OpenAssembler: assembly of reads from a mix of high-throughput sequencing technologies.
Sébastien Boisvert, François Laviolette, and Jacques Corbeil.
Robert Cedergren Bioinformatics Colloquium 2009 (Université de Montréal). 

OpenAssembler: assembly of reads from a mix of high-throughput sequencing technologies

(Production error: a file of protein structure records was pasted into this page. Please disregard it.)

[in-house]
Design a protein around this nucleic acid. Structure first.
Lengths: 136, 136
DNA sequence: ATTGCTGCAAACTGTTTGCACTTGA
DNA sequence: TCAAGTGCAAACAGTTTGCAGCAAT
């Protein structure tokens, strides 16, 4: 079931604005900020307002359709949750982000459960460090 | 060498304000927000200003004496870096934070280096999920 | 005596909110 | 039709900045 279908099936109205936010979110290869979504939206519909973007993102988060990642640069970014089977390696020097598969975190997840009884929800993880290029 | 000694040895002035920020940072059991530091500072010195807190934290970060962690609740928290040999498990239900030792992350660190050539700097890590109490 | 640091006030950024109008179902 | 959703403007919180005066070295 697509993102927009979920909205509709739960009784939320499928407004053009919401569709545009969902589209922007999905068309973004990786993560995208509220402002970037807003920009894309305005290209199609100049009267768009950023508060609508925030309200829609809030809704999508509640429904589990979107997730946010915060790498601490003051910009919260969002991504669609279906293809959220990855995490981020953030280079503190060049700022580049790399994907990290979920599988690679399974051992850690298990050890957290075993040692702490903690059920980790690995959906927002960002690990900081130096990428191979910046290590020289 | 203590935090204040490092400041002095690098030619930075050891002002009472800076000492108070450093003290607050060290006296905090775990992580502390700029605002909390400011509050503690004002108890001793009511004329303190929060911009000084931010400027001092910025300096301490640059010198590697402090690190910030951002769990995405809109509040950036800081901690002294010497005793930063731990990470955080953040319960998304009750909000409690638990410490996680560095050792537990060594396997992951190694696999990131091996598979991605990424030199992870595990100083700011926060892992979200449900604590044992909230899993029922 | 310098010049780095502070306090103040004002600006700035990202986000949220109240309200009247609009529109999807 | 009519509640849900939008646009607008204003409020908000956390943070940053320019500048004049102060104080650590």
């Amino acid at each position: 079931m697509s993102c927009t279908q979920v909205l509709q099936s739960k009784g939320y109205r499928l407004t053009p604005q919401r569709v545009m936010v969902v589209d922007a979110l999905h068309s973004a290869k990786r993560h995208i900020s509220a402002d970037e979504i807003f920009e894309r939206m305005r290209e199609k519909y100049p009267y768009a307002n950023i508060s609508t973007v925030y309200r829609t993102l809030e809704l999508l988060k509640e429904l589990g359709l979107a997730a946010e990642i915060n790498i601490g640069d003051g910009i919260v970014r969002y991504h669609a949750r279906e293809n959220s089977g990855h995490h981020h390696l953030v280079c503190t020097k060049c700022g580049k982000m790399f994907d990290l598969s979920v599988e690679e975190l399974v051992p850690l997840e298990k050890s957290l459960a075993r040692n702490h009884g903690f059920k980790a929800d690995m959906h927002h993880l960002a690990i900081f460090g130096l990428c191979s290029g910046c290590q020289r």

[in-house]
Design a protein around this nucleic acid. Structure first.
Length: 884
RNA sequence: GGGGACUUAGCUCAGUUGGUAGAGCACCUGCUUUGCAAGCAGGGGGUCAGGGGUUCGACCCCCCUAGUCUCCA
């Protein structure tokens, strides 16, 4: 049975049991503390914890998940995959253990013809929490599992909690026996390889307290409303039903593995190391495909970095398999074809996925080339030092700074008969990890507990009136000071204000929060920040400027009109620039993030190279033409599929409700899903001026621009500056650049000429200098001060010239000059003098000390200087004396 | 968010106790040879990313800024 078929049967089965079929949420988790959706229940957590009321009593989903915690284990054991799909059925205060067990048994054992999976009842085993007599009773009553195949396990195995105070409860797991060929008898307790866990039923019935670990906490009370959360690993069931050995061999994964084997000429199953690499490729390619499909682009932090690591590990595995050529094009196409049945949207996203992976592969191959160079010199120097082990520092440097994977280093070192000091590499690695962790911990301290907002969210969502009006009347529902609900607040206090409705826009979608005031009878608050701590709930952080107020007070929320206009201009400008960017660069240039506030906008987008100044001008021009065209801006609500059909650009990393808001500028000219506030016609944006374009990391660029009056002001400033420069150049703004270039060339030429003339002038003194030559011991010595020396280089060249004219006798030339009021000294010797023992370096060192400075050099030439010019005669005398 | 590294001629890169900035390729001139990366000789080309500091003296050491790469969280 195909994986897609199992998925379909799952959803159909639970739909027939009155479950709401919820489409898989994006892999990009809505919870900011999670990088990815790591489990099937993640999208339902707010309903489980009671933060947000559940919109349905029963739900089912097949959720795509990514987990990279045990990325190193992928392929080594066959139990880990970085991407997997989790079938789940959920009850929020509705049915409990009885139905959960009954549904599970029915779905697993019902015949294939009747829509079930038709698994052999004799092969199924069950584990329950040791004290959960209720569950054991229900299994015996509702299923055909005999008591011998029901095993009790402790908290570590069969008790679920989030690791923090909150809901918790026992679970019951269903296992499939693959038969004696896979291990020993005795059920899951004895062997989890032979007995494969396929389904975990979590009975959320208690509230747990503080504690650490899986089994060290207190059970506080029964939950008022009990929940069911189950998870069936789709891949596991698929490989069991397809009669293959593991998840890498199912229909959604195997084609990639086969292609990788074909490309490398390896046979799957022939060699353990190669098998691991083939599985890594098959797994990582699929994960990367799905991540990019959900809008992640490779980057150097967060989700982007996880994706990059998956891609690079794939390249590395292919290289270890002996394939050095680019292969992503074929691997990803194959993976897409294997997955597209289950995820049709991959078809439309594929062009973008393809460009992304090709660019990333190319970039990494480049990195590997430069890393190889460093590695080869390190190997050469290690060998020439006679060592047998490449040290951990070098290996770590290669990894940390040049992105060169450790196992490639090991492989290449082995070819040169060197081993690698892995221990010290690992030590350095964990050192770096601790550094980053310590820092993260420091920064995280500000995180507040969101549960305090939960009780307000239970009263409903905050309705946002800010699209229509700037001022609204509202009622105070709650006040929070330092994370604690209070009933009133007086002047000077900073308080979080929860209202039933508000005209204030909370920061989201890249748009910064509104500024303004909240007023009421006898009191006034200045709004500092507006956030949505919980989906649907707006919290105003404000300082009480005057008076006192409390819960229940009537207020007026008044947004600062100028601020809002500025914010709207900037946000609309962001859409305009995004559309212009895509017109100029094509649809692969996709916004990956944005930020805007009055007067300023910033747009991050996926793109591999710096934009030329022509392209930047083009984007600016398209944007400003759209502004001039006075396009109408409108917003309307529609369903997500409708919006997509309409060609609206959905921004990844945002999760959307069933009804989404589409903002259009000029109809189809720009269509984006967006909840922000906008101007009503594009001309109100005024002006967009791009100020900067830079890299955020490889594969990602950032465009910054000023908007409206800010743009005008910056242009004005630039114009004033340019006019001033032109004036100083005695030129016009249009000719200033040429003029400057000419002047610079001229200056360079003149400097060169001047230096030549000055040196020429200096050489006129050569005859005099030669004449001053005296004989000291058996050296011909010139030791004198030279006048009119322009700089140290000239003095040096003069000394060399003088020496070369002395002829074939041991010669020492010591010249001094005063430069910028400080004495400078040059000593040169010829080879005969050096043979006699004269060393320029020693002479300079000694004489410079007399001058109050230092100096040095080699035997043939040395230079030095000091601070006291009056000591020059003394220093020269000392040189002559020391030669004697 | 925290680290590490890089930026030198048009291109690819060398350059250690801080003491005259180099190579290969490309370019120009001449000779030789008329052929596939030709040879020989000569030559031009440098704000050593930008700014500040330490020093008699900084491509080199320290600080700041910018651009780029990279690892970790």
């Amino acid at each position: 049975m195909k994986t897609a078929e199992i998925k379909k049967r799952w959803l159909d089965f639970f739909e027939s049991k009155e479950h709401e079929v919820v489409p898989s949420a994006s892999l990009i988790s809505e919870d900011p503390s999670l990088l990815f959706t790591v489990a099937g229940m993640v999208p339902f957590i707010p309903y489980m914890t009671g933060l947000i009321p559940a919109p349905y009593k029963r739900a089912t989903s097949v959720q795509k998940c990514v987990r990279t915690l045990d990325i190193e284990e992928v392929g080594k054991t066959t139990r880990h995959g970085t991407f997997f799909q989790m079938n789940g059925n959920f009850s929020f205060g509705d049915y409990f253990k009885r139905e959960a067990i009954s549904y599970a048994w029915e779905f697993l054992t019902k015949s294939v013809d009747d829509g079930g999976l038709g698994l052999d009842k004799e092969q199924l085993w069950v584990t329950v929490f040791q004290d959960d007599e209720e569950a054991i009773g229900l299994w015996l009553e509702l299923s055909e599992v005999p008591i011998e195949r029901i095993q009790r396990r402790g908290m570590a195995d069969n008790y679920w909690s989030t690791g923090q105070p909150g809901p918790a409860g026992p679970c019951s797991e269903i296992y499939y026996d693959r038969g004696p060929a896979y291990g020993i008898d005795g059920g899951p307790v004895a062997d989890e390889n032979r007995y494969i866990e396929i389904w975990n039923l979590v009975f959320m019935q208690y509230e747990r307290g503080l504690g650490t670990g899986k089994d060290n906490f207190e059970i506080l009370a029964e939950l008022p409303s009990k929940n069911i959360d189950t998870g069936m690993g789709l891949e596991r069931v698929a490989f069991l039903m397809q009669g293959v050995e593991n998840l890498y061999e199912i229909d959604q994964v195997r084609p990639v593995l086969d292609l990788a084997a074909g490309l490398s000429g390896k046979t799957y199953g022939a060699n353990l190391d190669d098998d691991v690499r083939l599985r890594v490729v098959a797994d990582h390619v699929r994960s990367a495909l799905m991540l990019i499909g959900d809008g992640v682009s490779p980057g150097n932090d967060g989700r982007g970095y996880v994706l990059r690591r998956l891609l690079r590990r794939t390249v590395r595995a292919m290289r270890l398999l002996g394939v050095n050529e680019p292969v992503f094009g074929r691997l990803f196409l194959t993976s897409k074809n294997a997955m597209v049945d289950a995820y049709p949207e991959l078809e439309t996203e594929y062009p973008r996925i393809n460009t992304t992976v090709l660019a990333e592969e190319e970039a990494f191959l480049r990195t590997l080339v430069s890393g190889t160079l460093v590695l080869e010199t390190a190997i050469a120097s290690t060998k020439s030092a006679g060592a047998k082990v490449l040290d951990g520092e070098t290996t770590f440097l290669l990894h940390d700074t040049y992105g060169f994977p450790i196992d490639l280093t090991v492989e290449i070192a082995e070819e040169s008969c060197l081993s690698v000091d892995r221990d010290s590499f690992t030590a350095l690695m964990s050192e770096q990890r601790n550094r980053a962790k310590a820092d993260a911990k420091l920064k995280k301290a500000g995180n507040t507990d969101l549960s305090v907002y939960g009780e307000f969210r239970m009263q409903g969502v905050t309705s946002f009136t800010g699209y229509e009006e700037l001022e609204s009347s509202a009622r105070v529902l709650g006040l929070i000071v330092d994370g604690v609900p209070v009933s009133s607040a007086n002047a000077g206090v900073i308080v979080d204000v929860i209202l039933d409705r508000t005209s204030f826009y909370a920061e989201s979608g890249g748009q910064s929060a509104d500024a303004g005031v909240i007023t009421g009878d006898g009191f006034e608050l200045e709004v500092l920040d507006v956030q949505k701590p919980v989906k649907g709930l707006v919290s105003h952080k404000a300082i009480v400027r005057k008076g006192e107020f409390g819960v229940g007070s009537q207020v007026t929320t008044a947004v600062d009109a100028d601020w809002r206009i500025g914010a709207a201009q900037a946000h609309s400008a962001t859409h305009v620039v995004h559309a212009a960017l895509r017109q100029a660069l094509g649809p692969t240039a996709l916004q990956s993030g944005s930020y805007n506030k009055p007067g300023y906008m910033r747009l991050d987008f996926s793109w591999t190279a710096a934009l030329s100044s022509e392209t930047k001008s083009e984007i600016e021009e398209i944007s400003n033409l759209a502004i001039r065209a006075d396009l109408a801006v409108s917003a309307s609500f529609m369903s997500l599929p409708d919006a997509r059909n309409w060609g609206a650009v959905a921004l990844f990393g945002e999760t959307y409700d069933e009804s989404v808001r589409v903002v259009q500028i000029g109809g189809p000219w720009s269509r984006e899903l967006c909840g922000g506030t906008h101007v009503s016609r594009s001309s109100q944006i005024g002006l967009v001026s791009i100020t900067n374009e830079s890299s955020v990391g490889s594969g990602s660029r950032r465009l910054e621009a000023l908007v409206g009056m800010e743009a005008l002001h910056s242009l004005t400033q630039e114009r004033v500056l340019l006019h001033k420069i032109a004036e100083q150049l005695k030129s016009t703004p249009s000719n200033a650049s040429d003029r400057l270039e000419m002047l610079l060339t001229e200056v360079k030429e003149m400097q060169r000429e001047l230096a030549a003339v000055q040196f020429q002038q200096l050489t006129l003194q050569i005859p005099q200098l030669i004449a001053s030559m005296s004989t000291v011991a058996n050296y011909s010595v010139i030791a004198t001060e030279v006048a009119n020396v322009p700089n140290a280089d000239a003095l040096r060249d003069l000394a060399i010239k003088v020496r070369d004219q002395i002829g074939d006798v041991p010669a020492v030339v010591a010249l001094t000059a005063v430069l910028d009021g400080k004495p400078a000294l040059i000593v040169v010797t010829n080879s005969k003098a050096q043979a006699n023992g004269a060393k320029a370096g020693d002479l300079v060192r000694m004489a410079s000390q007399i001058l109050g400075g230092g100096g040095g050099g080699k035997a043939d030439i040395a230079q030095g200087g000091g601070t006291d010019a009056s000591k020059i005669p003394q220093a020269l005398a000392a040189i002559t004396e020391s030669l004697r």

An accurate and complete genome sequence of a desired species or phylogenetically close relative is now a basic pre-requisite for advanced genomics research. A crucial step in obtaining high-quality genome sequence is the ability to correctly assemble short individual sequence reads into longer contiguous sequences accurately representing genomic regions that are much longer than any single contributing read. Current sequencing technologies continue to offer increases in throughput and corresponding reductions in cost and time. Unfortunately, the benefit of obtaining very large numbers of reads is complicated by a non-trivial presence of sequence errors, with different types of errors and biases being observed with the different sequencing systems. Although software systems exist for assembling reads for each individual system, no comprehensive procedure was proposed for high-quality genome assembly based on mixes of reads from different technologies. We describe an open source software program called OpenAssembler which has been specifically developed to assemble reads obtained from a combination of sequencing systems, and compare its performance to other assembly packages on simulated and real datasets. To illustrate the value of OpenAssembler, we used a combination of Roche/454 and Illumina reads to assemble the 3.6 Mb Acinetobacter baylyi ADP1 genome (NCBI/Genbank accession CR543861) into 119 contigs containing 26 mismatches and 7 indels. The Newbler assembler, using only the Roche/454 reads (reads for which it has been design for), assembled the genome into 118 contigs with 64 mismatches and 356 indels.